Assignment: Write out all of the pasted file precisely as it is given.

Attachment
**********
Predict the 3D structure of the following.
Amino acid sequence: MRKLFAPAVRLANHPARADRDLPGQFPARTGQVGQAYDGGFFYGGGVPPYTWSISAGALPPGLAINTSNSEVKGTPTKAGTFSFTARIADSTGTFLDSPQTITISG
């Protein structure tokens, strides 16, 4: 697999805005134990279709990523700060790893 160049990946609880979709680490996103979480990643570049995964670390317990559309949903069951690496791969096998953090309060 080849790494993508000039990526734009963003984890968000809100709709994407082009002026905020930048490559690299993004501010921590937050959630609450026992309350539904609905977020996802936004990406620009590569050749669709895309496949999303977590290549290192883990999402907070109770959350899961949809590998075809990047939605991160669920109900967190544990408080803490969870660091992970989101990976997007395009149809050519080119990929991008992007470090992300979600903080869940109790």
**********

Predict the 3D structure of the following.
Amino acid sequence: MRKLFAPAVRLANHPARADRDLPGQFPARTGQVGQAYDGGFFYGGGVPPYTWSISAGALPPGLAINTSNSEVKGTPTKAGTFSFTARIADSTGTFLDSPQTITISG
């Protein structure tokens, strides 16, 4: 697999805005134990279709990523700060790893 160049990946609880979709680490996103979480990643570049995964670390317990559309949903069951690496791969096998953090309060 080849790494993508000039990526734009963003984890968000809100709709994407082009002026905020930048490559690299993004501010921590937050959630609450026992309350539904609905977020996802936004990406620009590569050749669709895309496949999303977590290549290192883990999402907070109770959350899961949809590998075809990047939605991160669920109900967190544990408080803490969870660091992970989101990976997007395009149809050519080119990929991008992007470090992300979600903080869940109790």